Alkalinity | Sanitary Engineering laboratory


Alkalinity is a parameter that is measured on samples such as drinking water, natural waters, polluted waters, sewage, and industrial wastes. It refers to the buffering capacity of water samples and to their ability to neutralize acid. For municipal sewage or industrial wastes, the amount of alkalinity is important in determining the type of treatment that should be employed.


The main objective of this experiment is to determine the alkalinity of a wastewater sample and tap water sample using titration method and comparing the two results.


Alkalinity is measured by titration. An acid of known strength is added to a specific volume of a sample. The alkalinity of the sample is reflected by the volume of acid required to bring the sample to a specific pH level. Total alkalinity is measured by measuring the amount of acid (e.g., sulfuric acid) needed to bring the sample to a pH of 4.5.

Three major classes of materials, which are ranked in order of their association with high pH values as follows, (1) hydroxide (OH-), (2) carbonate (CO32-), and (3) bicarbonate (HCO3-), are the major portion of the alkalinity in natural waters:

Most of the natural alkalinity in waters is due to (HCO3-) which is produced by the action of CO2 and H2O on limestone:

CO2 Carbon dioxide originates from bacterial decomposition of organic matter.

Alkalinity is normally divided caustic or phenolphthalein alkalinity above pH 8.3, and total alkalinity above pH 4.5

Total alkalinity = [OH-1] + [CO32-] + [HCO3-]

Alkalinity can be determined using the following equation:

α: the volume (ml) of H2so4 required to change PH to 4.5

N: normality of H2SO4 =0.02

V: volume of sample (ml).

Alkalinity can be expressed in mg/L of equivalent CaCO3 calcium carbonate

Equipment and materials


1- Burette tube.

2- Stand.

3- Magnetic Stirrer plate.

4- Beaker.

5- pH-meter.

6- Graduated cylinder.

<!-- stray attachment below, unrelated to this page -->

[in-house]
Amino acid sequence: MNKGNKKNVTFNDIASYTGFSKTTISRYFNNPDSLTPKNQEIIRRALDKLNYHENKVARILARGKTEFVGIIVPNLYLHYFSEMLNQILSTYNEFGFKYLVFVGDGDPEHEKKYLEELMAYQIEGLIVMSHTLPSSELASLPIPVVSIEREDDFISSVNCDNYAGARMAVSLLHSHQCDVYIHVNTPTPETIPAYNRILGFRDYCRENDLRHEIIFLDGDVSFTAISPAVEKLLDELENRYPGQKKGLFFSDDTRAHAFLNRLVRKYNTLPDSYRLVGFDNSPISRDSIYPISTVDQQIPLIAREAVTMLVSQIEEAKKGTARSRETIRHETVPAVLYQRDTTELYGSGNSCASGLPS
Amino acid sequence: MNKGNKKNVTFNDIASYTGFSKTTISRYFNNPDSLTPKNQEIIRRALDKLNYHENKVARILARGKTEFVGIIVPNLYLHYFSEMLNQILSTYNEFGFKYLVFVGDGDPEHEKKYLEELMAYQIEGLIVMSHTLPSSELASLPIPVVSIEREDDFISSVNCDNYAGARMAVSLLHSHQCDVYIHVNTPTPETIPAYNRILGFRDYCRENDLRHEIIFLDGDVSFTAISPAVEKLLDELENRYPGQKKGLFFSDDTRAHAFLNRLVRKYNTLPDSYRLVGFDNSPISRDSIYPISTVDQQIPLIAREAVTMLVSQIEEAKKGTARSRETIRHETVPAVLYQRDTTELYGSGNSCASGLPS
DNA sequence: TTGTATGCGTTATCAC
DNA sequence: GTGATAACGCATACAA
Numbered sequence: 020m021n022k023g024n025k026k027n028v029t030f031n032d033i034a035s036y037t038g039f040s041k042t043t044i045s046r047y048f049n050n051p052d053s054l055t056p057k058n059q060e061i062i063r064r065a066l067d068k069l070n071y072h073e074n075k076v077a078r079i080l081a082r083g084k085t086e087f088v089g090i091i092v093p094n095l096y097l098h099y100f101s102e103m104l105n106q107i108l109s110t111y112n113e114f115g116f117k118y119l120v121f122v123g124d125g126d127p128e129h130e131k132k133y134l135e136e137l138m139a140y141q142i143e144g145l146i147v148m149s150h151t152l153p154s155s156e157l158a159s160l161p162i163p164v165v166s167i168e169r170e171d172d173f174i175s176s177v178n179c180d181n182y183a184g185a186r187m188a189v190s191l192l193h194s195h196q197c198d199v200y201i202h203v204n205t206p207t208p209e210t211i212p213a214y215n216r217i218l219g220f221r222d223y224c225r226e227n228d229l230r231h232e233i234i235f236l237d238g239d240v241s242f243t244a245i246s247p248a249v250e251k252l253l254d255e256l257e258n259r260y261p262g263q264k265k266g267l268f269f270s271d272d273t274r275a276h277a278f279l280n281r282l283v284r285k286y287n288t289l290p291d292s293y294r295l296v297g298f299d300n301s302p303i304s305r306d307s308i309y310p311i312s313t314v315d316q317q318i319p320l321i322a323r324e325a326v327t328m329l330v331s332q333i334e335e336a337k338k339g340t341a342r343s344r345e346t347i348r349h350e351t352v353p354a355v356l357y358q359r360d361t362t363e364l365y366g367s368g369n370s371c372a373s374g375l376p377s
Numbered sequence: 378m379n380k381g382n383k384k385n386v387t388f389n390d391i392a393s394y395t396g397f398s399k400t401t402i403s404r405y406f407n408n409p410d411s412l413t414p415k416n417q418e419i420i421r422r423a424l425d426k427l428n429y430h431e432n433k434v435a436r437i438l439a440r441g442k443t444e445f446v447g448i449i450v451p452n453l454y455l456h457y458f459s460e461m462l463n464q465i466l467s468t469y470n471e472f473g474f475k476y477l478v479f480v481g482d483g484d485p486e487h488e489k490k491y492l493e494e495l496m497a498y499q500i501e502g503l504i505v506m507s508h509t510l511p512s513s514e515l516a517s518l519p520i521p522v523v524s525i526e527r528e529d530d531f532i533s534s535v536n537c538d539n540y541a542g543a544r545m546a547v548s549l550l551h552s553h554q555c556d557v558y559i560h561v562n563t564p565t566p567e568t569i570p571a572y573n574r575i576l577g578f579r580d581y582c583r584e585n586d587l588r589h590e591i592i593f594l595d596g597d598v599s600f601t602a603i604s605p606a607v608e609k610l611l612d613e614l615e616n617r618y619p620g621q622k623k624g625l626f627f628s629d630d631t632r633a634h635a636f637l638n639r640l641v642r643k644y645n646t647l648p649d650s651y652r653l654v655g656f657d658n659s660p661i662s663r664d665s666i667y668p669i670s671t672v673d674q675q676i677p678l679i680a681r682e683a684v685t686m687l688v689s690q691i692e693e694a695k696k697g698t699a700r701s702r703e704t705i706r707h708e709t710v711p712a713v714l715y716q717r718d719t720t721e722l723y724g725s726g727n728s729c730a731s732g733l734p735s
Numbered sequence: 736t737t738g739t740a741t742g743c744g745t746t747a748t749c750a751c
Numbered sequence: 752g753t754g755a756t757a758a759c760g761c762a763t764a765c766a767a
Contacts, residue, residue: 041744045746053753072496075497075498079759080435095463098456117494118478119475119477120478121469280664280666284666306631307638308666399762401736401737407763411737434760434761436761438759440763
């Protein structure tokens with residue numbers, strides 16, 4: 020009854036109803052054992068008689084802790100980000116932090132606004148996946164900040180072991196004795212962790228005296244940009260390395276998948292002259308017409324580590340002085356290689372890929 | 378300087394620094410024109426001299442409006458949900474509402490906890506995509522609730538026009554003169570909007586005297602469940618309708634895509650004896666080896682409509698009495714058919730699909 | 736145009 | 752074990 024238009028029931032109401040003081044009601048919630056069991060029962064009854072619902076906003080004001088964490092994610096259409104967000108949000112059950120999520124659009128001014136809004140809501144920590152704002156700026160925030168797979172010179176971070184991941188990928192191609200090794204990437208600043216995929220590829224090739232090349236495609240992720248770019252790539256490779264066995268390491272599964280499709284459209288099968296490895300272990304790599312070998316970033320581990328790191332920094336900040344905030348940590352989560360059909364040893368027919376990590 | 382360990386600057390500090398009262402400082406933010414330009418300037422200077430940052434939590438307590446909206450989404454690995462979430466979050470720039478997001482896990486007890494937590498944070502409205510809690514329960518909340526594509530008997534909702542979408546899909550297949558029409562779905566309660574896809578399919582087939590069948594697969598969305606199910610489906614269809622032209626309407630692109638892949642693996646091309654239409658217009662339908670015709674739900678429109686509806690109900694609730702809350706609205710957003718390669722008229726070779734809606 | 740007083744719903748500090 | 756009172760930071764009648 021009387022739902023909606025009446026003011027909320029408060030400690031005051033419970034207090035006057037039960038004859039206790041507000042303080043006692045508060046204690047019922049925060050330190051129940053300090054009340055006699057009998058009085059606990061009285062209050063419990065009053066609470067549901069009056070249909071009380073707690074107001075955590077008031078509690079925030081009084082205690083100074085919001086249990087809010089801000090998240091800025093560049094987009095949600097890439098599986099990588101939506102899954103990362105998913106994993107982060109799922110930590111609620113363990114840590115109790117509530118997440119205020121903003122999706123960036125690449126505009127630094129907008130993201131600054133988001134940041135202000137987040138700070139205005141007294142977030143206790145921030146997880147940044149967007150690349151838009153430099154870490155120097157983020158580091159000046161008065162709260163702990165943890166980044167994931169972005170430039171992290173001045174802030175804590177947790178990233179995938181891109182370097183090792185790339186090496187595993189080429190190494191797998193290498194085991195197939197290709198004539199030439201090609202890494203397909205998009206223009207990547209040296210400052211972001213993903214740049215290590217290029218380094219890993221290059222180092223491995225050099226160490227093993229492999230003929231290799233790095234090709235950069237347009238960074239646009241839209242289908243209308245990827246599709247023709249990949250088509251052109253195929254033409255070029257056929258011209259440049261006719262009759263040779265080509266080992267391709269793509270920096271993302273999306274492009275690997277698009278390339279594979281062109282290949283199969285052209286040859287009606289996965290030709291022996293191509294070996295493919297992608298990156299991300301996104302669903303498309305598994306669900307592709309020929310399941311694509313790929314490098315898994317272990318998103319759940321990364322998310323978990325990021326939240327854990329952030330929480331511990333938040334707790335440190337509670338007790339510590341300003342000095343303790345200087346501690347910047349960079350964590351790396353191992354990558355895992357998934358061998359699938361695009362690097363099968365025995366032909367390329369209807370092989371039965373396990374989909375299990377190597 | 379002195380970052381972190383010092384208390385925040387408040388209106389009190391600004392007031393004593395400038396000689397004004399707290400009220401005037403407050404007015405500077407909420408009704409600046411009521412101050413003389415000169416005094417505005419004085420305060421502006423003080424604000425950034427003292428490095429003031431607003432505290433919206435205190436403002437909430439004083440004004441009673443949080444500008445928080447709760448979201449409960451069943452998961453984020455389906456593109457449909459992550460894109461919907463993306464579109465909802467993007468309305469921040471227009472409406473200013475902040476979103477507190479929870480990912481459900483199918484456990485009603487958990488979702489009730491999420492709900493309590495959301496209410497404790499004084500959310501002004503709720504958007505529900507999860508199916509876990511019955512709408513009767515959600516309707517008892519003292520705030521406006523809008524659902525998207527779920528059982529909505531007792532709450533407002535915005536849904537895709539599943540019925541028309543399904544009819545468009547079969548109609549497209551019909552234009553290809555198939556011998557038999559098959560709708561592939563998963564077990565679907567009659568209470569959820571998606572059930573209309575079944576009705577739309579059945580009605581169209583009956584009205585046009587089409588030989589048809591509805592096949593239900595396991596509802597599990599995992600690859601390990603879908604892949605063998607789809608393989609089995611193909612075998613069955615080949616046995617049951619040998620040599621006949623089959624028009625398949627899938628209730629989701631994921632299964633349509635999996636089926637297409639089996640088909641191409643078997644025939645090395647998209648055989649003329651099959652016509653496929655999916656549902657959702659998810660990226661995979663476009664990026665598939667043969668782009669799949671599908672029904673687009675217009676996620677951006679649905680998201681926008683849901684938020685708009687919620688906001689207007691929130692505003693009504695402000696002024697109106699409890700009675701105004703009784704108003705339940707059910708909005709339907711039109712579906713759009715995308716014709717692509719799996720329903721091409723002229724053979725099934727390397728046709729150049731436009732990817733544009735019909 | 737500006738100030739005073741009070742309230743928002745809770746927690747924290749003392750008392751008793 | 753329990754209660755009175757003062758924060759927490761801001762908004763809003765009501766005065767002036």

1- Wastewater sample(50ml)

2- Tap water sample (50ml)

3- Sulfuric acid H2SO4 , N=0.02


1- 50 ml of wastewater was prepared and put in a beaker.

2- The initial pH was read using the pH-meter and the initial reading of the burette tube was taken.

3- Titration of the sample was done with sulfuric acid solution with continuous stirring using the magnetic stirrer.

4- The titration was continued until the pH reading was almost 4.5 then the final reading from the burette tube was taken.

5- The same procedure was done for tap water.

Data Collection and Calculations:

Table 1: Data and Results of alkalinity

Sample Calculation of Waste Water Sample:


Alkalinity can be defined as: the measure of a solution’s capacity to react with a strong acid (usually this acid is H2SO4 sulfuric acid) to a predetermined pH. The alkalinity of a solution is made of carbonate, bicarbonate, and hydroxides. The higher the alkalinity the more the neutralizing agent needed to counteract it. A treatment plant and its collection system in general operates better with wastewater higher in alkalinity and lower in acidity. It also affects biological processes (such as nitrification) and chemical reactions.

The alkalinity of the waste water at ph= 4.5 is 859.6 mg CaCO3/L. This result is much more than the tap water alkalinity (112 mg CaCO3/L). Moreover, the tap water has a very fast drop in H2SO4 which indicates that its alkalinity is smaller than that of wastewater.

There might be errors in this experiment due to:
  • Error in taking the volumes of the samples.
  • Error in reading from burette tube.
  • Error in reaching the final pH value.


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